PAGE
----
Sunday, December 16, 2007

Teddy Bear Toss

I just wanted to put a quick blurb in about the Vancouver Giants WHL hockey teams charity event that happened tonight at the Pacific Colosseum which was a great success over 10,700 people in attendance and twice as many stuffed toys thrown on to the ice all of which go to children's charities we (inc. myself)could all take a little more time out of our lives to help people not as fortunate.We all get the giving spirit around this time of year which is nice but we need to keep that spirit going all through the year.That will be my 1st New Years resolution to spend less time doing nothing and more time doing the right thing, why?Because it is the right thing!Oh and by the way the Giant's won 2-0...... go G's!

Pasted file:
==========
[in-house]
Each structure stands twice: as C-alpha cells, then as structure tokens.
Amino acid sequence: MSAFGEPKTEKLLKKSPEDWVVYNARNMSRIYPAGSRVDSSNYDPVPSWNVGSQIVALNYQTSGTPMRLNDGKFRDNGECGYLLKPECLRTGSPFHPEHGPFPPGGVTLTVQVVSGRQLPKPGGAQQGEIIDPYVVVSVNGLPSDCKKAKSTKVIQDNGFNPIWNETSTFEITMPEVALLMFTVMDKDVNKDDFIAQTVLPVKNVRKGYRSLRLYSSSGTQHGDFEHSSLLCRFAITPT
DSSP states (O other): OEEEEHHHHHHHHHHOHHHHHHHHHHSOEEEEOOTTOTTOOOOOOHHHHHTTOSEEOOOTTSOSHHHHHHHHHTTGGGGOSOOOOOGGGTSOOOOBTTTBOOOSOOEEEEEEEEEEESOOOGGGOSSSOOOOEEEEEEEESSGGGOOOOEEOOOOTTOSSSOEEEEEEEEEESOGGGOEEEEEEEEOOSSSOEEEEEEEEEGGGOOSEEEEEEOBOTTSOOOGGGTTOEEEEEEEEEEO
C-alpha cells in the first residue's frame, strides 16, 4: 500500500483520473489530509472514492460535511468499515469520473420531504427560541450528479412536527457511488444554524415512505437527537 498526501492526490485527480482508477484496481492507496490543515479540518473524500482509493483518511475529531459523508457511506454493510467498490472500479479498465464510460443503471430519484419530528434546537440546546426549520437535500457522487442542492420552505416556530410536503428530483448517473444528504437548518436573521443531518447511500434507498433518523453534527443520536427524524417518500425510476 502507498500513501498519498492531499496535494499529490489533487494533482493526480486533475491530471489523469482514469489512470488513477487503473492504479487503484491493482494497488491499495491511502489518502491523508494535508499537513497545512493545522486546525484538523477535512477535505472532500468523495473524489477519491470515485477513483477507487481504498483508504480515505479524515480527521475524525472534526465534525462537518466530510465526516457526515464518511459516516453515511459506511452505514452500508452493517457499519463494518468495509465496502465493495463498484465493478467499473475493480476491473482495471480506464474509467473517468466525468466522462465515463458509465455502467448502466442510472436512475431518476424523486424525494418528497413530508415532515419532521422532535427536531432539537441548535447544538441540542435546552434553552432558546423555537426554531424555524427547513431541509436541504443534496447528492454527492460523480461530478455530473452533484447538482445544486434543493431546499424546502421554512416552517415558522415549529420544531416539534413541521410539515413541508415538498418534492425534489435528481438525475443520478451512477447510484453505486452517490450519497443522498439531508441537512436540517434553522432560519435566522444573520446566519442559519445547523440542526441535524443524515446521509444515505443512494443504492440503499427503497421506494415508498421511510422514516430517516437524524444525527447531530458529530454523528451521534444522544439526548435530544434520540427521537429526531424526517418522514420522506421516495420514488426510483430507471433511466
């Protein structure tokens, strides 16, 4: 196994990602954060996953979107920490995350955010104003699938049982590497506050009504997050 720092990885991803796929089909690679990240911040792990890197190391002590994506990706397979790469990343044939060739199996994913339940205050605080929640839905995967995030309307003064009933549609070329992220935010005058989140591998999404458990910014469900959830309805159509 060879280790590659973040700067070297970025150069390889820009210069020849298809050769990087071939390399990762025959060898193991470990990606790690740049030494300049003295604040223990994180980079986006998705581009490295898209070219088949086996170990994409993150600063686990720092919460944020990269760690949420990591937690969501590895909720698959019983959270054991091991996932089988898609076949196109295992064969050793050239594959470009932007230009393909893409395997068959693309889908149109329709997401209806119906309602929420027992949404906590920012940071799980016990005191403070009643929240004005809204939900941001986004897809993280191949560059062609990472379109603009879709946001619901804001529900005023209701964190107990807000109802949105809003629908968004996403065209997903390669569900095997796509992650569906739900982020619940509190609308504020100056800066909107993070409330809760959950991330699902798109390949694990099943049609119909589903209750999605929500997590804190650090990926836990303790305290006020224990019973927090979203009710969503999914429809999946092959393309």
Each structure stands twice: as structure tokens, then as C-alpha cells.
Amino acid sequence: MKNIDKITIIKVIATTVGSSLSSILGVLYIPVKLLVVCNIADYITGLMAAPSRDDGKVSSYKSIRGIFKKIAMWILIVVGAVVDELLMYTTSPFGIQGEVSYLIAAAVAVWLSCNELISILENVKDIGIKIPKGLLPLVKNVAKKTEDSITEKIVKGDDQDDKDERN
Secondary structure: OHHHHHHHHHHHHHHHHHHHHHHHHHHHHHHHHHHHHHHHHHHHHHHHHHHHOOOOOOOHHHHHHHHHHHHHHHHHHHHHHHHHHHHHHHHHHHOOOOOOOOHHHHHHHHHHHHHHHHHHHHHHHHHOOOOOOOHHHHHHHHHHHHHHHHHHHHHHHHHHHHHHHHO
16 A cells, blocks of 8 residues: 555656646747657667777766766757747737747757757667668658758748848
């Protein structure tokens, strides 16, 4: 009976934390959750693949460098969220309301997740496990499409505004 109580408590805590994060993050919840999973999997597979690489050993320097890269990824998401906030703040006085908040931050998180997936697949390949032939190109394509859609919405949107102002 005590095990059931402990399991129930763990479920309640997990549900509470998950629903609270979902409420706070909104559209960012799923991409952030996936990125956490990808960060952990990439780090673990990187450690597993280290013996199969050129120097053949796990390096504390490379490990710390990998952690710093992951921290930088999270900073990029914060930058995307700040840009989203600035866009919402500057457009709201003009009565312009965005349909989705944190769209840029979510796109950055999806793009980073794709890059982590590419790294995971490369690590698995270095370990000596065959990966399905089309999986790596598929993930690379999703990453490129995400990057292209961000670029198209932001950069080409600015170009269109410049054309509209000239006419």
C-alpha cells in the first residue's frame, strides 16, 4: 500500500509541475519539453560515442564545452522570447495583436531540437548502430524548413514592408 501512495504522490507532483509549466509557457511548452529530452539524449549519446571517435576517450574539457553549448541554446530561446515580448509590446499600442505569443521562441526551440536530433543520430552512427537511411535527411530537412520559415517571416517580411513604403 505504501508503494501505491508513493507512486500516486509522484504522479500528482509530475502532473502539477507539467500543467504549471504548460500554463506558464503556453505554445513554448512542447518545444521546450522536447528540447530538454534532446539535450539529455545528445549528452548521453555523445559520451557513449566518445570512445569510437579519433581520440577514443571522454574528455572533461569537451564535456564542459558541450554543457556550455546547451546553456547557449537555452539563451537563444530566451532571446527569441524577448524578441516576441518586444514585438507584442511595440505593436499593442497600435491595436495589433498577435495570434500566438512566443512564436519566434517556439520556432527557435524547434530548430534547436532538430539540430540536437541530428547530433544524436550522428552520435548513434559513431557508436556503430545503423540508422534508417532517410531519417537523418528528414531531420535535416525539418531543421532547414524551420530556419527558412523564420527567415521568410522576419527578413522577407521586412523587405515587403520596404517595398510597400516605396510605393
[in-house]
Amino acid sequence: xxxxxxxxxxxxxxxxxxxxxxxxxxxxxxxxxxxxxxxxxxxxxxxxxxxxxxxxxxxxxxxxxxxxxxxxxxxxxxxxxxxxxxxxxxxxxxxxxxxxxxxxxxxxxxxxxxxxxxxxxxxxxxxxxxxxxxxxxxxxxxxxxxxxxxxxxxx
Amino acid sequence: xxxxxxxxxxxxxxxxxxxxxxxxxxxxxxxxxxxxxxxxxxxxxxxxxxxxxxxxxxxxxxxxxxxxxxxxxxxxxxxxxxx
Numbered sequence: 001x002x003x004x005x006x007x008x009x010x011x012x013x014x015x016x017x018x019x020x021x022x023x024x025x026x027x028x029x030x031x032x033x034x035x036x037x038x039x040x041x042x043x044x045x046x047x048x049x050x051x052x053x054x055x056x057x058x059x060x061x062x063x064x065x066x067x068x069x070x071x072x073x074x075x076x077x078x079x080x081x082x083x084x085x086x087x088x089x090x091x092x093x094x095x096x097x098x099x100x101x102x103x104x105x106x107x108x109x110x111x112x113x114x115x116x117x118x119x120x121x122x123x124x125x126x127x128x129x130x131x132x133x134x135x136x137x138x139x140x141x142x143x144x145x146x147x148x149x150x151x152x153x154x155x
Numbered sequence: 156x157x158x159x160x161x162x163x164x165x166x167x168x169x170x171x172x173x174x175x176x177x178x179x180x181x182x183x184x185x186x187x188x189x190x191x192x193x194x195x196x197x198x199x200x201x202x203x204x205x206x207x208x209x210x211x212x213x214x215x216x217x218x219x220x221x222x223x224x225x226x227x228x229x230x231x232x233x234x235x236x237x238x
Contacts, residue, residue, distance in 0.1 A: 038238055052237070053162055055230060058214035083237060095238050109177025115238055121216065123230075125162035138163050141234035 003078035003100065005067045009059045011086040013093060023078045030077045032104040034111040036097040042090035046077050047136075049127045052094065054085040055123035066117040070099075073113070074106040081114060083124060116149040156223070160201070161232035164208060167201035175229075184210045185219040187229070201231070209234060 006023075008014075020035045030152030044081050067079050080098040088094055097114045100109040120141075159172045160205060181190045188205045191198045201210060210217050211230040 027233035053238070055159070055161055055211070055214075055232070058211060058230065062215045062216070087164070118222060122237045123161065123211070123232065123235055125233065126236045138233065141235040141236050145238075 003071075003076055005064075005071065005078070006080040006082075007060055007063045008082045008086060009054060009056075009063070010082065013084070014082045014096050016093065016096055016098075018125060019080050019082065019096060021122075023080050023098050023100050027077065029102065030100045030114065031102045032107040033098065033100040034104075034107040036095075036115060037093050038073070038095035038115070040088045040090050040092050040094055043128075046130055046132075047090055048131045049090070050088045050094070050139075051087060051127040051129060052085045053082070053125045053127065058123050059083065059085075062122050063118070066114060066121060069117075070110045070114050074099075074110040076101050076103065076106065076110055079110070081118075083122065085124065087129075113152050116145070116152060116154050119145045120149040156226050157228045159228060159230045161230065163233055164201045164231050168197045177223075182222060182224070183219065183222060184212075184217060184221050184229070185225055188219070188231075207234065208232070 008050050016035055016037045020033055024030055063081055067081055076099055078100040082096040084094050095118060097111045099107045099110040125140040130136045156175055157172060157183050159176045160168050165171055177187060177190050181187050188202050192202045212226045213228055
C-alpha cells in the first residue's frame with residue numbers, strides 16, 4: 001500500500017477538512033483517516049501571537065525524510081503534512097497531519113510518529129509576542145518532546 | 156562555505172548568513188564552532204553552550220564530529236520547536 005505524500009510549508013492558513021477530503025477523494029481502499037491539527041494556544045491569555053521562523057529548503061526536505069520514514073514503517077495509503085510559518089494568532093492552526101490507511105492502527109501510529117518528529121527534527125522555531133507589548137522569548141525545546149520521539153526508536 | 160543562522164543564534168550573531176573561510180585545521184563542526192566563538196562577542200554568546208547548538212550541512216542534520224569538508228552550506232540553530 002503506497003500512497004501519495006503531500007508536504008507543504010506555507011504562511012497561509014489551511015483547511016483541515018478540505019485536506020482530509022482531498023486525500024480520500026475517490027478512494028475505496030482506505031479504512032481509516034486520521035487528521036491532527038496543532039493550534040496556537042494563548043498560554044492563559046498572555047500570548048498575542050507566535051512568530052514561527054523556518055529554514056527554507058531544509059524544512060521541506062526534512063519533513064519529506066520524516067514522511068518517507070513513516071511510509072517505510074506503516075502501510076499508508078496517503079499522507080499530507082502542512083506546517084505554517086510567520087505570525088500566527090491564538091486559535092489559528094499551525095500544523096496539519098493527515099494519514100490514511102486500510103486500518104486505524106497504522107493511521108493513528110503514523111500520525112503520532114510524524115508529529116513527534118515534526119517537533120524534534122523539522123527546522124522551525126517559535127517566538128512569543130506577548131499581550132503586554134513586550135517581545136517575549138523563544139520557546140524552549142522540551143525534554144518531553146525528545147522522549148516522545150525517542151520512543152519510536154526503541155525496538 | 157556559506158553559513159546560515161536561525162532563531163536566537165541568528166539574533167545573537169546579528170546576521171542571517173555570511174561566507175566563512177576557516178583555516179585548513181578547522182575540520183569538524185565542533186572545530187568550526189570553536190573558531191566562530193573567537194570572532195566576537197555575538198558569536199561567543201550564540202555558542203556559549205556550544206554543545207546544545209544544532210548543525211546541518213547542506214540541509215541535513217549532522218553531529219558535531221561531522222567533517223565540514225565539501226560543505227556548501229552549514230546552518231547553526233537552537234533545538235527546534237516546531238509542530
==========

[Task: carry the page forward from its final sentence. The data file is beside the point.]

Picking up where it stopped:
P.S. I am going kendogi shopping next week should be pretty sweet new gear cant wait!

Saturday, December 15, 2007

What Was I Thinking?

Well people i did the absoluely unthinkable yesterday................ I MISSED KENDO CLASS!!!!
I feel like a P.O.S for doing it too.I did have an excuse though but excuses are like assholes everybody has one and the are usually shitty.My excuse however was that the ankle mention in my previoue post was bothere me quite a bit so instead of going to class and probably irratating it for the next three weeks(and really hurting it bad)and maybe missing a few classes i decided to miss one class let it heal up and go twice as hard on monday.So this morning i was awoken by a hwling cat stuck in a tree in the park across the street.It was so loud and finally after an hour or more someone went and coaxed it down i am assuming that the suceeded because i havent heard anything in along time. But maybe it didnt come down and is still stuck there.......stay tuned.